There is a story, probably apocryphal, about a conversation between Henry Ford II, the American carmaker, and Walter Reuther, a workers’ union leader.
It is 1951. Ford and Reuther are walking through Ford’s newest car factory in Cleveland which, compared to its predecessors, requires significantly less manual labour to operate. A few workers stand amidst rows of machines, watching lights blinking, signalling their work status.
Glancing at the machines, Ford asks Reuther, "How are you going to get these machines to pay union dues?"
Reuther, without missing a beat, responds, "How are you going to get them to buy cars?"
Today, it isn’t just unions that are becoming redundant. Older machines, along with the workers that operate them, too are being slowly replaced by newer technologies and AI.
John Maynard Keynes, the legendary British economist who helped shape the global economy following the Great Depression, once predicted that coming technological advancements and increasing productivity would ensure that his grandchildren's generation have only 15-hour work weeks, leaving them with plenty of time to pursue leisure.
History, alas, has not been kind to Keynes. We, his grandchildren’s generation, are certainly much more productive. Yet, whenever I ask my peers how their 15-hour work weeks are going I get dirty looks. Where did Keynes go wrong?
Consider one of the more intriguing explanations by way of example.
Imagine you are the CEO of Funfosys, an IT company with 1,000 employees who work 40-hour weeks. The economic situation is great. One day, you purchase an app that improves employee productivity by 50 percent. Do you tell your employees that it is time to switch to 20-hour work weeks? Or do you lay off 500 of them and continue with 40-hour work weeks?
If you choose the first option, your competitors have an incentive to buy the app, lay off their workers, save costs, undercut you on pricing, and poach your clients.
As the CEO, you likely value your employees. Yet, when faced with such a challenging situation, you will inevitably prioritise your shareholders’ needs to keep your job.
Thus, even when economic conditions are favourable, businesses have perverse incentives to make their workers work more rather than less. In conventional economic thinking at least, it’s more profitable to cut costs and keep people working for as long as they possibly can.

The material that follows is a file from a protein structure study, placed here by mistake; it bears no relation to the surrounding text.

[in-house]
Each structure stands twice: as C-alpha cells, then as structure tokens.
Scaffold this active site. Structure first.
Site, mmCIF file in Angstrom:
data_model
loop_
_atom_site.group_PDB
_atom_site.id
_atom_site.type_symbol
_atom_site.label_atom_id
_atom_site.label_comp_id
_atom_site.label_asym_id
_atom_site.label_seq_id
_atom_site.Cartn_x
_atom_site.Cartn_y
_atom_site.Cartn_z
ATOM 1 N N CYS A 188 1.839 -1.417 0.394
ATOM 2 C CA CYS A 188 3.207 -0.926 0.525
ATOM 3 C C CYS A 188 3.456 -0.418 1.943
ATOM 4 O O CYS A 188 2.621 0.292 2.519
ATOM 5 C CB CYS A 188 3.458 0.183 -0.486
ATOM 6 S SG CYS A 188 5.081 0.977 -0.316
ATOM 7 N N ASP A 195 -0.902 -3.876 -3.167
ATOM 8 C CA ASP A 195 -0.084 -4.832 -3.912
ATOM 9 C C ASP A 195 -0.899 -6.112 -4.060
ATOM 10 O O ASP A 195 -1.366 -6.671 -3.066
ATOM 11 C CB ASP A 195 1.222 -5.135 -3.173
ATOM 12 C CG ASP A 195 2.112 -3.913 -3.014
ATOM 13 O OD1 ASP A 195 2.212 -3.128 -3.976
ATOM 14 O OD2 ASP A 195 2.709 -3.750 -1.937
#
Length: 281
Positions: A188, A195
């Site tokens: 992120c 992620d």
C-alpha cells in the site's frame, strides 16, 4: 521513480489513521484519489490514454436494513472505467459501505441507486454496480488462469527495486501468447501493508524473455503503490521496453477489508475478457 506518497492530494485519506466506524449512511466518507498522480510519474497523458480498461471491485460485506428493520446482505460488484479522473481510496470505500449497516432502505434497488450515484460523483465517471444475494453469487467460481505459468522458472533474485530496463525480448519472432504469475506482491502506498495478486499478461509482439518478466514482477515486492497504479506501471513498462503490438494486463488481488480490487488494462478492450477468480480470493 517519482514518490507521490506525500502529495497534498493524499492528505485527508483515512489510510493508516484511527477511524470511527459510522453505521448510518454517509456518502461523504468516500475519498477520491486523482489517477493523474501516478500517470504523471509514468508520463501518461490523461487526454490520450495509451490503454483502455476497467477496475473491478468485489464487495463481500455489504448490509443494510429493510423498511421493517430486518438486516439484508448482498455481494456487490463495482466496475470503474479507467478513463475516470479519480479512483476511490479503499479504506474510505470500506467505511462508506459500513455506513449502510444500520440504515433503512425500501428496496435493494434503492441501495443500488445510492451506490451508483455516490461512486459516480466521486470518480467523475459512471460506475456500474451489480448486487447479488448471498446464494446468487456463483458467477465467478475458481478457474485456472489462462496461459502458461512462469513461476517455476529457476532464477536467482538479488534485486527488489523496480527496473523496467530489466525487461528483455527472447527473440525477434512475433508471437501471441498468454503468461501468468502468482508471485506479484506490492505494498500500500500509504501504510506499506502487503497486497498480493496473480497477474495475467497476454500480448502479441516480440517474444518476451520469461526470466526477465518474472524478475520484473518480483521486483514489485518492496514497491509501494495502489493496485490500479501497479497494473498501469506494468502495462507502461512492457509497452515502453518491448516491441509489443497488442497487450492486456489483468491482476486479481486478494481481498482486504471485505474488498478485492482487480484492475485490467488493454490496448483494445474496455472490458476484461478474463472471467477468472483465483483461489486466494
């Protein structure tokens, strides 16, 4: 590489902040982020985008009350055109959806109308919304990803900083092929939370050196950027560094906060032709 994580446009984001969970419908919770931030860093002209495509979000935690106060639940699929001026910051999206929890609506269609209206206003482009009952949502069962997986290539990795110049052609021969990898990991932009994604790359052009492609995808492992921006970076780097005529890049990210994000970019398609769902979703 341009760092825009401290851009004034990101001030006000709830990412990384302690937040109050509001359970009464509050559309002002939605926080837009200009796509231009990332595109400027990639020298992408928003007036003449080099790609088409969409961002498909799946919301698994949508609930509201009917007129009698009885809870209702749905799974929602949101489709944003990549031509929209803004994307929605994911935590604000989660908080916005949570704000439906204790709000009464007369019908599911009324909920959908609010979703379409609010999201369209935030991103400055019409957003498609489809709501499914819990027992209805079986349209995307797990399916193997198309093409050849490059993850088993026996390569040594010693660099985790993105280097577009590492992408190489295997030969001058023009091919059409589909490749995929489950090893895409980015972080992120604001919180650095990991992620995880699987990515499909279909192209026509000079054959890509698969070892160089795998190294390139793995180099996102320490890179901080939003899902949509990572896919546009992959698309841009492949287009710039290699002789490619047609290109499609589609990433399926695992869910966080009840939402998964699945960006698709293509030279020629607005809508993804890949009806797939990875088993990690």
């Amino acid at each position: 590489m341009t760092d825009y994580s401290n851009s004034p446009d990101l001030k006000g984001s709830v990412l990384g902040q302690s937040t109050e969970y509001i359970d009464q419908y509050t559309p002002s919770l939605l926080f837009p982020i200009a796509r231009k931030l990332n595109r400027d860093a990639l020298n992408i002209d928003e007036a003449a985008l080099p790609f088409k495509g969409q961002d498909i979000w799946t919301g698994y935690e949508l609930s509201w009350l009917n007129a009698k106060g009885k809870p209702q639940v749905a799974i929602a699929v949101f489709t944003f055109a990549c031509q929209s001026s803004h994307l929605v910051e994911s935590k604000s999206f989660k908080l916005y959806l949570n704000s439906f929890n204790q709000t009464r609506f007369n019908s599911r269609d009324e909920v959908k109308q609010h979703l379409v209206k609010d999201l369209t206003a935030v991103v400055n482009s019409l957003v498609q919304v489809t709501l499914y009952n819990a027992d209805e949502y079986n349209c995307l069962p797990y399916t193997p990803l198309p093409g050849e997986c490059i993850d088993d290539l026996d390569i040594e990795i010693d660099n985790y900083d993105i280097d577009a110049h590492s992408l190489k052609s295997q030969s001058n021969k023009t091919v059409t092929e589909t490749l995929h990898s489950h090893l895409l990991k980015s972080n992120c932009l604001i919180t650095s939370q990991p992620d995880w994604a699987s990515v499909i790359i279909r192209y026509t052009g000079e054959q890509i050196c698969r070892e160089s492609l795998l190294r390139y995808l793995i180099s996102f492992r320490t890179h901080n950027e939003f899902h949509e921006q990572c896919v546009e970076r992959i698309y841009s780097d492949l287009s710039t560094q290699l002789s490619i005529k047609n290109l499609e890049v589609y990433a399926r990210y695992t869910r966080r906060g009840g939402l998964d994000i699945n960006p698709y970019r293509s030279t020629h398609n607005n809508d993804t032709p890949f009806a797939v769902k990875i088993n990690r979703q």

Then, what happens when economic conditions are bad, as they are now in the wake of the coronavirus pandemic?
Between April and August this year, around 21 million salaried Indians lost their jobs either directly or as a result of the deep recession caused in no small part by the pandemic. And this is without counting those forced to accept pay cuts or deferrals, or other prejudicial variations to their employment terms.
While some “sacrifice” is understandable, it’s crucial to ask how much of the pain imposed by businesses on their workers was necessary.
The fundamental problem is that private companies are strongly incentivised to maximise shareholder value and short-term gains at the expense of their workers. Safeguards and values such as employee welfare are seen as unnecessary costs to be stripped away.
But consistently giving employee welfare the cold shoulder isn’t sustainable. Even billionaire capitalists need consumers who can afford their products. Henry Ford gave his employees high wages simply because he wanted them to buy his cars.
In modern societies, companies are entrusted with providing dignified employment to the common man. If they fail in that role, and people can no longer provide for their families through work, the foundations of our society are at risk of crumbling.
The pandemic has given us a glimpse of the deficiencies in our current socioeconomic system. How do we fix this system, and adjust business incentives in such a way that worker welfare is granted its due importance?
Thomas Piketty, the influential French economist, suggests an approach that has been successful in Germany since the 1940s: the co-management system.
In this system, representatives of the workers mandatorily hold seats on the boards of their companies. It encourages greater employee participation in the running of their companies and balances harmful short-term interests of the employers.
For example, during the 2007-09 financial crisis, despite the demand for German products plummeting overnight, these representatives negotiated to keep jobs in exchange for the employees working fewer hours for lesser pay.
The system thus prevented wide job losses. As the economy recovered, German companies were in a position to ramp up production easily.
The laws providing for this system were passed when unions were politically powerful. Implementing something similar in India, which attempted to stimulate post-Covid growth through the suspension of nearly all labour laws, will be a huge challenge.
Unfortunately, there’s no easy solution that can fix these problems. But it is paramount that we evaluate different alternatives until we no longer, by default, leave the prize wheel at “headcount reduction”.
To the Henry Fords of today who still wonder what all the fuss is about, I ask, “Who is going to buy all your products and services?”
Darren Tony Lobo is a lawyer who works on employee welfare and labour relations issues.